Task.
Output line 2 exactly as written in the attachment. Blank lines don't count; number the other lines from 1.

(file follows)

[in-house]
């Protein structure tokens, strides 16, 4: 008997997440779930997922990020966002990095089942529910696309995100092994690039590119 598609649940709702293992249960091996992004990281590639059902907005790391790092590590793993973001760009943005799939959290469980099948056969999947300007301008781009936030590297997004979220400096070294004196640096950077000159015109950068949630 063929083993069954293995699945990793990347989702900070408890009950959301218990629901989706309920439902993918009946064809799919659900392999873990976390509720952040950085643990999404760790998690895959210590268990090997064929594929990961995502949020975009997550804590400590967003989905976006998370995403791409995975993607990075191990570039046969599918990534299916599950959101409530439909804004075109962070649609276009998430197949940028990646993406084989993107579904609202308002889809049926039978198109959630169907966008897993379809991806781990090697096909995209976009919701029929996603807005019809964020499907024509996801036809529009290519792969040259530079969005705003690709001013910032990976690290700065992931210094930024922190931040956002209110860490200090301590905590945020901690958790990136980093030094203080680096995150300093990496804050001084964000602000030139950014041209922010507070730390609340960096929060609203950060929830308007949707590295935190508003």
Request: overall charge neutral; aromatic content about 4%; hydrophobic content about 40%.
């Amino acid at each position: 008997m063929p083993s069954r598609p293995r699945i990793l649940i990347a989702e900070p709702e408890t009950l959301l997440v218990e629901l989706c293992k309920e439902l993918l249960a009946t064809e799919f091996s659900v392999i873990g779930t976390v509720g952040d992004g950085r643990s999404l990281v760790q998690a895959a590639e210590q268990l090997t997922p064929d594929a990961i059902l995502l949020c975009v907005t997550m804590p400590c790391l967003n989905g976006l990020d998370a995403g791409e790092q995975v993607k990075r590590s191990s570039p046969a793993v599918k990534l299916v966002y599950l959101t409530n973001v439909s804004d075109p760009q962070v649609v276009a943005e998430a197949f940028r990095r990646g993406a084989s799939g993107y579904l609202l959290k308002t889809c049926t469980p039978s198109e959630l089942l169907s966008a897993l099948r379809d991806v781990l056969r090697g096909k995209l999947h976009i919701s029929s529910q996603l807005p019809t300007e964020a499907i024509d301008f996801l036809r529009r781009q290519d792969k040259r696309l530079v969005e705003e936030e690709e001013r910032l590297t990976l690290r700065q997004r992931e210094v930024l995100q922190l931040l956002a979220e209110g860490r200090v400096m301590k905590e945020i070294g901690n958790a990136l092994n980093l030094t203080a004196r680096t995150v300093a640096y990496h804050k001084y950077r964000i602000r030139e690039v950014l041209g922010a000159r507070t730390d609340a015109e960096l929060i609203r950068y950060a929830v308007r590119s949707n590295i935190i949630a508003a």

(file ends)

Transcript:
């Protein structure tokens, strides 16, 4: 008997997440779930997922990020966002990095089942529910696309995100092994690039590119 598609649940709702293992249960091996992004990281590639059902907005790391790092590590793993973001760009943005799939959290469980099948056969999947300007301008781009936030590297997004979220400096070294004196640096950077000159015109950068949630 063929083993069954293995699945990793990347989702900070408890009950959301218990629901989706309920439902993918009946064809799919659900392999873990976390509720952040950085643990999404760790998690895959210590268990090997064929594929990961995502949020975009997550804590400590967003989905976006998370995403791409995975993607990075191990570039046969599918990534299916599950959101409530439909804004075109962070649609276009998430197949940028990646993406084989993107579904609202308002889809049926039978198109959630169907966008897993379809991806781990090697096909995209976009919701029929996603807005019809964020499907024509996801036809529009290519792969040259530079969005705003690709001013910032990976690290700065992931210094930024922190931040956002209110860490200090301590905590945020901690958790990136980093030094203080680096995150300093990496804050001084964000602000030139950014041209922010507070730390609340960096929060609203950060929830308007949707590295935190508003």